To be able to digest spiritual subject matters and chant the Holy Names of the Lord with attention and devotion, we need to be sometimes shaken from our slumber. When we are put in desperate, calamitous situations, a hunger for spiritual enlightenment awakens in the heart.
During desperate situations in life, a person is open minded and keen to learn and experience a higher reality. We can appreciate food when there is strong digestion and hunger. Similarly we can appreciate spiritual life when we are hungry for truth. Tragedies often compel us to question our aspirations in life, and we wonder about what should be our ideals and goals in life. Arjuna was put in a desperate situation; doubts engulfed his mind and he was confused about his duties. As he cast his bow down, overwhelmed with weak heartedness and unwillingness to fight, he was a fit recipient for spiritual knowledge to penetrate his heart. In that situation he could understand Bhagavad Gita and sought shelter in sublime spiritual principles.
We often seek shelter in fallible things of this world. A child holds on to a teddy bear or a blanket; when it’s taken away, she will cry and won’t accept anything else in exchange. Even as grown-ups we have an innate tendency to hold on to things or people that give us any form of shelter. Sometimes we could be so blinded in our situations that we may accept even ethically wrong forms of shelter. Had Germany won the First World War, Hitler’s rousing, hate filled speeches wouldn’t have been taken seriously by the masses. But given the situation of loss of honour and shame, and poverty, people were desperate, and Hitler influenced them. Even agents of hatred and illusion can influence us when we are desperate. Therefore calamitous situations make the heart a fertile ground for influence. Spiritual sermons and experiences on the other hand not only fill our hearts with love and peace but also help us transform the tragedy to an event of spreading love and peace in other’s lives.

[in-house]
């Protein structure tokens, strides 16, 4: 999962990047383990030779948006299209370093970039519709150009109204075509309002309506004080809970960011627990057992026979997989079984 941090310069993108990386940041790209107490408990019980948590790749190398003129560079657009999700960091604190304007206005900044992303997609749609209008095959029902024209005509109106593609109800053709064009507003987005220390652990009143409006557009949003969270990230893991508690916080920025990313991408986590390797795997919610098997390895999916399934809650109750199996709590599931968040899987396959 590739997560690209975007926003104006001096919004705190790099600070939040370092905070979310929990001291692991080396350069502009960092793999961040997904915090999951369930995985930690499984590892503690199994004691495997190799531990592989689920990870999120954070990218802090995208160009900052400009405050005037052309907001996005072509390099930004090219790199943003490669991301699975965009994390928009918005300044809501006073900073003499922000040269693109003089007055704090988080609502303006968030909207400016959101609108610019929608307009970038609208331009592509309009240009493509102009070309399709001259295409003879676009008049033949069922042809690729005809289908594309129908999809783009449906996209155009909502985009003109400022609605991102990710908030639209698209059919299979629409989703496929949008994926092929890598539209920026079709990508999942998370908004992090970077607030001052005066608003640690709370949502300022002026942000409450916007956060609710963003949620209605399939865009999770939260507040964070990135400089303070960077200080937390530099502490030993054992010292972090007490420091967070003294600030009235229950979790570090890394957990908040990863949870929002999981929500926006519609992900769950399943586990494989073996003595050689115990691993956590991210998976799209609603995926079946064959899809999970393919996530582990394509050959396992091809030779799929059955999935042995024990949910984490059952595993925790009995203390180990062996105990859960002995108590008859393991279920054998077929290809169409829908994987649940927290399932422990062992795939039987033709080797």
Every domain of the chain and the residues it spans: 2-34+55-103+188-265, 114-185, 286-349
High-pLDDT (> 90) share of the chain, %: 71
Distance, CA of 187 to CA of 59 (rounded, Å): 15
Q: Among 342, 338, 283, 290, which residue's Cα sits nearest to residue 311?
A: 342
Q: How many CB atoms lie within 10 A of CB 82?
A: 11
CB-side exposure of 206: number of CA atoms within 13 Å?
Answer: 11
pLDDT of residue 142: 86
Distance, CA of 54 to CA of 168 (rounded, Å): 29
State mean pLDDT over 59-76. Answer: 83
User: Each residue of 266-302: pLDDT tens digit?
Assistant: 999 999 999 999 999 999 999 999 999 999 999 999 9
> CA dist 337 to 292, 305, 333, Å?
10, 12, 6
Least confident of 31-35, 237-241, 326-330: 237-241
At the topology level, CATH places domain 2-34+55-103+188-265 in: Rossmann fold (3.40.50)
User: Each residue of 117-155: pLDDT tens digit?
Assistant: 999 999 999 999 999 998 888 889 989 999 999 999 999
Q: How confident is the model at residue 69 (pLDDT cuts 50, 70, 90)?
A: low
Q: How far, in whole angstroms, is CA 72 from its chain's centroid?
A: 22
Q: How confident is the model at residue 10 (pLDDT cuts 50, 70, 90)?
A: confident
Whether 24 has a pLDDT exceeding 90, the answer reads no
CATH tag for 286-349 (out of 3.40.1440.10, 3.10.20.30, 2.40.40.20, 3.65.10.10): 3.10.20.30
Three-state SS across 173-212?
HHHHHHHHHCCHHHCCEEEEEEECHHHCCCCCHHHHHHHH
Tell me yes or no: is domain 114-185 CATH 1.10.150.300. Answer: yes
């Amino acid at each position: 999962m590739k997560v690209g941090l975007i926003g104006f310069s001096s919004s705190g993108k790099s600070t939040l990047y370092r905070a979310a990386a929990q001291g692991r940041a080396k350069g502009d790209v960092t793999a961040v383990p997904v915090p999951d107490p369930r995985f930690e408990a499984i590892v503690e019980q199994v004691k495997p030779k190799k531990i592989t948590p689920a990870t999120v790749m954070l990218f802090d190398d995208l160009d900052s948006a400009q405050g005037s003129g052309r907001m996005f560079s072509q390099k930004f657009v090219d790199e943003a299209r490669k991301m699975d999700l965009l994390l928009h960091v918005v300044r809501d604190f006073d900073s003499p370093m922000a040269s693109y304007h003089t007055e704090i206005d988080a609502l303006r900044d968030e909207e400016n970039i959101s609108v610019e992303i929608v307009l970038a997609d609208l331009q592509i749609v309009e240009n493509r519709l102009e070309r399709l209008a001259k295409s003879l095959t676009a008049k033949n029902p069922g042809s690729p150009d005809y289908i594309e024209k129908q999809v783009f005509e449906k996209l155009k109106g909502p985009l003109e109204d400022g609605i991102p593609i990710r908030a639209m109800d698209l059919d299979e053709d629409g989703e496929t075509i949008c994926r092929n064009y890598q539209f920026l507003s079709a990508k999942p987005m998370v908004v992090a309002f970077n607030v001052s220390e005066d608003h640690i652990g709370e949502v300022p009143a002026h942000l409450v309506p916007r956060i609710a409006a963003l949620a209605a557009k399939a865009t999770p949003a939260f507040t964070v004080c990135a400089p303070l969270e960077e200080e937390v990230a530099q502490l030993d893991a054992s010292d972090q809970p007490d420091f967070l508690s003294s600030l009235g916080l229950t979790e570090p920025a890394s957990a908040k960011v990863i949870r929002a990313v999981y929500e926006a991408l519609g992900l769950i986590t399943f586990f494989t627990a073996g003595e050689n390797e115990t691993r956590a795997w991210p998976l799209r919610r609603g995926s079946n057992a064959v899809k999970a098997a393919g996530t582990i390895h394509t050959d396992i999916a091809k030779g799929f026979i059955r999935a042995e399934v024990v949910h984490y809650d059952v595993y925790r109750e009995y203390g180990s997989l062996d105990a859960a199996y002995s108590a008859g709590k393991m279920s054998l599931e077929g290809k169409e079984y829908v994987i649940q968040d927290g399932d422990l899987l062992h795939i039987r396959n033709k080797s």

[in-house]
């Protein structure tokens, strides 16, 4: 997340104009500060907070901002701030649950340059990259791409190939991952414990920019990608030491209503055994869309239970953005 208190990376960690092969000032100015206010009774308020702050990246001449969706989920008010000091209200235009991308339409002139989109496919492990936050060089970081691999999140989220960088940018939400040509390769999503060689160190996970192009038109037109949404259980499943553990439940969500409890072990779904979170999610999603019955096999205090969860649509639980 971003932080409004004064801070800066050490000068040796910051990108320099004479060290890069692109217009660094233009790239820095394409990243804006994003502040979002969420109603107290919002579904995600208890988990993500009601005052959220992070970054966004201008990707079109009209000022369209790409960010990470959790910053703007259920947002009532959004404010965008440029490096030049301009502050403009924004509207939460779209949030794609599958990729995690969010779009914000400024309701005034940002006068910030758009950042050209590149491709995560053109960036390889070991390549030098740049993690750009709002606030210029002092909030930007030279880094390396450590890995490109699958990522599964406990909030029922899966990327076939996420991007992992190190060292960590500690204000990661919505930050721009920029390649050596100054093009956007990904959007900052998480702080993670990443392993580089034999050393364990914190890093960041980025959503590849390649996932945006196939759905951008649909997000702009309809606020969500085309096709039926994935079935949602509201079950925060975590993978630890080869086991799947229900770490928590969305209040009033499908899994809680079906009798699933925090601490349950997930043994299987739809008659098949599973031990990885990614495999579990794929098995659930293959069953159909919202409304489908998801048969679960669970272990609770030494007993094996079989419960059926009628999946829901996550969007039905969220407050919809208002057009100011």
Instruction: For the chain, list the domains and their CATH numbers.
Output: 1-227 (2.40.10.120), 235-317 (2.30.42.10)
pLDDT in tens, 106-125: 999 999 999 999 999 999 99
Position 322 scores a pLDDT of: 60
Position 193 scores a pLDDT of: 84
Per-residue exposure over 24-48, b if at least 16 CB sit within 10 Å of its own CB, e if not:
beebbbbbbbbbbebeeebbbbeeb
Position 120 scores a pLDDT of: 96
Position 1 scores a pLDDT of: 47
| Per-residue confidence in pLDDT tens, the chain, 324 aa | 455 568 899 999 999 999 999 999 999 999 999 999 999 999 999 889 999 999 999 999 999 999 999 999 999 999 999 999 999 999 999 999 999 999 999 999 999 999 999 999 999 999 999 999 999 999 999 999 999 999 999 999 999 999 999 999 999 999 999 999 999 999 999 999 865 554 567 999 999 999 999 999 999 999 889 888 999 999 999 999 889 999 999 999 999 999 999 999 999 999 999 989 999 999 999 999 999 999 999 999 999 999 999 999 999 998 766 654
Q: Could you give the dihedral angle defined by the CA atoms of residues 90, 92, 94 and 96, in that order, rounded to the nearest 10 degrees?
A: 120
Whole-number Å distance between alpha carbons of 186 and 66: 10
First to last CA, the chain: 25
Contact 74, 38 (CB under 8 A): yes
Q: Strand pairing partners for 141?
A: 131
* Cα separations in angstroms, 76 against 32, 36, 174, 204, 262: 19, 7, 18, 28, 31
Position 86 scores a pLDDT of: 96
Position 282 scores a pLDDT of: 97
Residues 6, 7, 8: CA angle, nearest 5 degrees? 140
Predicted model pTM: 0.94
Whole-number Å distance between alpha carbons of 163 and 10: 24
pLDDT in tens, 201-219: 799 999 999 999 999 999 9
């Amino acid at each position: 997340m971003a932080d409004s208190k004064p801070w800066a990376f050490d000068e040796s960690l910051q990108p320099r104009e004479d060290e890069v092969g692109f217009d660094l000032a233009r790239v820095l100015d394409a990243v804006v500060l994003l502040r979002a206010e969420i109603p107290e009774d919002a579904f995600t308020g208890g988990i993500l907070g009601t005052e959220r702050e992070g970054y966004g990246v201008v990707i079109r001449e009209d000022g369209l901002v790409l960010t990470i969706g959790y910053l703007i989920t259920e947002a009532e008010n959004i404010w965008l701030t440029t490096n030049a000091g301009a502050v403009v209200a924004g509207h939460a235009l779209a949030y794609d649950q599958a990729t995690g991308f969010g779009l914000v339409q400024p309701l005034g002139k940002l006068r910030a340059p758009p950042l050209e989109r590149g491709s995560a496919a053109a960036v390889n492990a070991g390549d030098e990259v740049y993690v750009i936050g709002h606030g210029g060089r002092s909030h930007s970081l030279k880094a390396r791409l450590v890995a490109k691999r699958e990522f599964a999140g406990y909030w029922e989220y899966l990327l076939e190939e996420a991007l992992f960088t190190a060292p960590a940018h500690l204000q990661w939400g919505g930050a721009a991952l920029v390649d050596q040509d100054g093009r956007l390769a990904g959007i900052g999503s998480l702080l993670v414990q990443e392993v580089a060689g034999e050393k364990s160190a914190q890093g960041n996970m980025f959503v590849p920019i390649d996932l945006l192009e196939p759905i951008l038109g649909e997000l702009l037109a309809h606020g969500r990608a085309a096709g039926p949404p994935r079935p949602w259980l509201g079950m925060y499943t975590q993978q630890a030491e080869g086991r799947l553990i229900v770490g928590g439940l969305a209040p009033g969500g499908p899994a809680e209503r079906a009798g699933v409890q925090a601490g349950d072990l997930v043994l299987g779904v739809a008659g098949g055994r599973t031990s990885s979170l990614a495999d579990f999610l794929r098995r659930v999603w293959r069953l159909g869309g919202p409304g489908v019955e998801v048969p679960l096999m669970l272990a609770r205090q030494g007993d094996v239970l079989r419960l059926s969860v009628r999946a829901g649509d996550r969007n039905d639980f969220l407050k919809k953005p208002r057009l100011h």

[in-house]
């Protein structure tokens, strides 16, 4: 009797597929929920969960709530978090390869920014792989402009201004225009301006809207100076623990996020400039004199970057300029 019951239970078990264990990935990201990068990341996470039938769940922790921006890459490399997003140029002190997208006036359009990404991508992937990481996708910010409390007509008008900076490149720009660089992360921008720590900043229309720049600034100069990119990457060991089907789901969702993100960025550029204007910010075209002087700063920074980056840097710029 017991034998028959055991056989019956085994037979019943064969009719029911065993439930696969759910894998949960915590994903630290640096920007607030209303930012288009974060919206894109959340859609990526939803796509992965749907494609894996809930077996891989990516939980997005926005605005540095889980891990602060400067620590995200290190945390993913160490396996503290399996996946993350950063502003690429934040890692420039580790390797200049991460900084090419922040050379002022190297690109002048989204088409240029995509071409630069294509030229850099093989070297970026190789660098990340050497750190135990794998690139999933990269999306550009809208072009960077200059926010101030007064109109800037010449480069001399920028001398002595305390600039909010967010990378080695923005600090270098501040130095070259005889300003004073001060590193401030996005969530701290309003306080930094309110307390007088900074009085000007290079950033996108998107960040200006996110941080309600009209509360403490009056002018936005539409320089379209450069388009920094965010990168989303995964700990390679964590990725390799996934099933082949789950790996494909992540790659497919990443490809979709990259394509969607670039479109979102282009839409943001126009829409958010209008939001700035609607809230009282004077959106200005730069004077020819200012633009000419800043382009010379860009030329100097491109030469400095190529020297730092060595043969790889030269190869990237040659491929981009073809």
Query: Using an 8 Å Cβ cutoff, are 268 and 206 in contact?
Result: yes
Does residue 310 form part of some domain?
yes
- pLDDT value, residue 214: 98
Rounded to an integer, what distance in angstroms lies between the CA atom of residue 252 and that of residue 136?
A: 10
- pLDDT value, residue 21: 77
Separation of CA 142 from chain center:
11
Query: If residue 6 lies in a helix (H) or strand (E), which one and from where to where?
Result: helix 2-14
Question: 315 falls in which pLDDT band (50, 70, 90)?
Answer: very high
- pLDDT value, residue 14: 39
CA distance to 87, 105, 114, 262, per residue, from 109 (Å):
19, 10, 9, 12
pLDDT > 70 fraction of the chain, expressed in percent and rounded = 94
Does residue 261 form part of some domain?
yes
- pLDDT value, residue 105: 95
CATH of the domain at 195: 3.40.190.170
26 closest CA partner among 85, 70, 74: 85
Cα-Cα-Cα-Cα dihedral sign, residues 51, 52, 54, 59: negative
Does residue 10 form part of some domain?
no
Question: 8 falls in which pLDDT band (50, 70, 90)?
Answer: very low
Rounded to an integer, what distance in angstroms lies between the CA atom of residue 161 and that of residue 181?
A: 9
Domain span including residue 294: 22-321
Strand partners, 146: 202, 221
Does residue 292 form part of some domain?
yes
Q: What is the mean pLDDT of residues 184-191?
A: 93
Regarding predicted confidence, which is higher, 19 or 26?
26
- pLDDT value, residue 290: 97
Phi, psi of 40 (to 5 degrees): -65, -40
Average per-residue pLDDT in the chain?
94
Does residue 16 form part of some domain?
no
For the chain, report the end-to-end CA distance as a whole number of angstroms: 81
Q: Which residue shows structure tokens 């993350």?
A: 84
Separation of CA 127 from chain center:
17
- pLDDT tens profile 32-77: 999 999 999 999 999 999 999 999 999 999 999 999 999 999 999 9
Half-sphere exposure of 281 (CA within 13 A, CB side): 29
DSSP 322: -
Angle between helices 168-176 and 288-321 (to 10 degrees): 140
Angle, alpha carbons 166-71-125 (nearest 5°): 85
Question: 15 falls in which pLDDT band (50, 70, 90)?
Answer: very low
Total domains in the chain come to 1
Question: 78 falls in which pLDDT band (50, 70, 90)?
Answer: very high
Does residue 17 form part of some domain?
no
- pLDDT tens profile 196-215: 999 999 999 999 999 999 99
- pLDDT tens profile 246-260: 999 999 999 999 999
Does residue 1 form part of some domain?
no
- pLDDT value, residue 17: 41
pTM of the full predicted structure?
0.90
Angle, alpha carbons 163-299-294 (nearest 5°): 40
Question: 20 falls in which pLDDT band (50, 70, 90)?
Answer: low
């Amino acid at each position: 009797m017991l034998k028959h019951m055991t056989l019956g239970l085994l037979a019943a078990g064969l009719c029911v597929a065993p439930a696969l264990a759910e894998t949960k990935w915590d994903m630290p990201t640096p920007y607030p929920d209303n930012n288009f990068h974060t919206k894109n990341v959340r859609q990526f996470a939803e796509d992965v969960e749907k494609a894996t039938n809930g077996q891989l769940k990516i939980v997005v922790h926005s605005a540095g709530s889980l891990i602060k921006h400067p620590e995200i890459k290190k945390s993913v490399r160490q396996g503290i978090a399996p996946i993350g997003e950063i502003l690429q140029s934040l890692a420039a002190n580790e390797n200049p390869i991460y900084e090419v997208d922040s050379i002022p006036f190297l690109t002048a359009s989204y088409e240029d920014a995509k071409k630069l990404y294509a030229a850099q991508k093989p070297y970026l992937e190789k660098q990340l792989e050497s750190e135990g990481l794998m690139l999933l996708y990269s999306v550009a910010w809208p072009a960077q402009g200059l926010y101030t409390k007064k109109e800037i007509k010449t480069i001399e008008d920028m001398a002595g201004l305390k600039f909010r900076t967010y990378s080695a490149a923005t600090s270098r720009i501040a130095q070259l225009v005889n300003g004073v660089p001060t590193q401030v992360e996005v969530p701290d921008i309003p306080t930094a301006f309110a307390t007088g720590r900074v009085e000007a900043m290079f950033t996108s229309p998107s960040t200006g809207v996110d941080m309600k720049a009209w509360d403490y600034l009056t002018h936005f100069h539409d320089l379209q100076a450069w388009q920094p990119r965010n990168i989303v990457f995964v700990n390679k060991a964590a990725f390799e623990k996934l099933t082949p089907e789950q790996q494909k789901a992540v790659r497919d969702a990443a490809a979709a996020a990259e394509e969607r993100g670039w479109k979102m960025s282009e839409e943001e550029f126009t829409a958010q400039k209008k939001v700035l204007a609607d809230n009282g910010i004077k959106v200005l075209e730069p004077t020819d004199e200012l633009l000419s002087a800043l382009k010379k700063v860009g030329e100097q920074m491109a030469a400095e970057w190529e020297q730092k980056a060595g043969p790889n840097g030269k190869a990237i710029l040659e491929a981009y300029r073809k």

The Srimad Bhagavatam describes the story of little Dhruva, a five year old boy who felt insulted when his father refused to take him on his lap. His step mother chastised him, and the events led him to go to forest to worship the Supreme Lord, as he determinedly sought a kingdom greater than his father. His mother had instructed him to take shelter of the Supreme Lord for He is our true well-wisher and friend. If Dhruva’s father had taken him on his lap, Dhruva wouldn’t have taken his mother’s instructions seriously. Another episode is of Emperor Parikshit who was sentenced to die within seven days. During this period he took exclusive shelter of the Supreme Lord and absorbed himself in hearing the Lord’s pastimes from SukadevaGoswami.
As Dhruva experienced shelter of Krishna in the forest, through his meditation and internal absorption, he transcended bodily demands of hunger and thirst. He didn’t need anything external of this world as he found deep, satisfying relationship with God. Such is the power of absorption bought about by setbacks.
Therefore Kuntidevi prays in the SrimadBhagavatam, “I wish that all those calamities would happen again and again so that we could see You again and again, for seeing You means that we will no longer see repeated births and deaths.” (SrimadBhagavatam 1.8.25).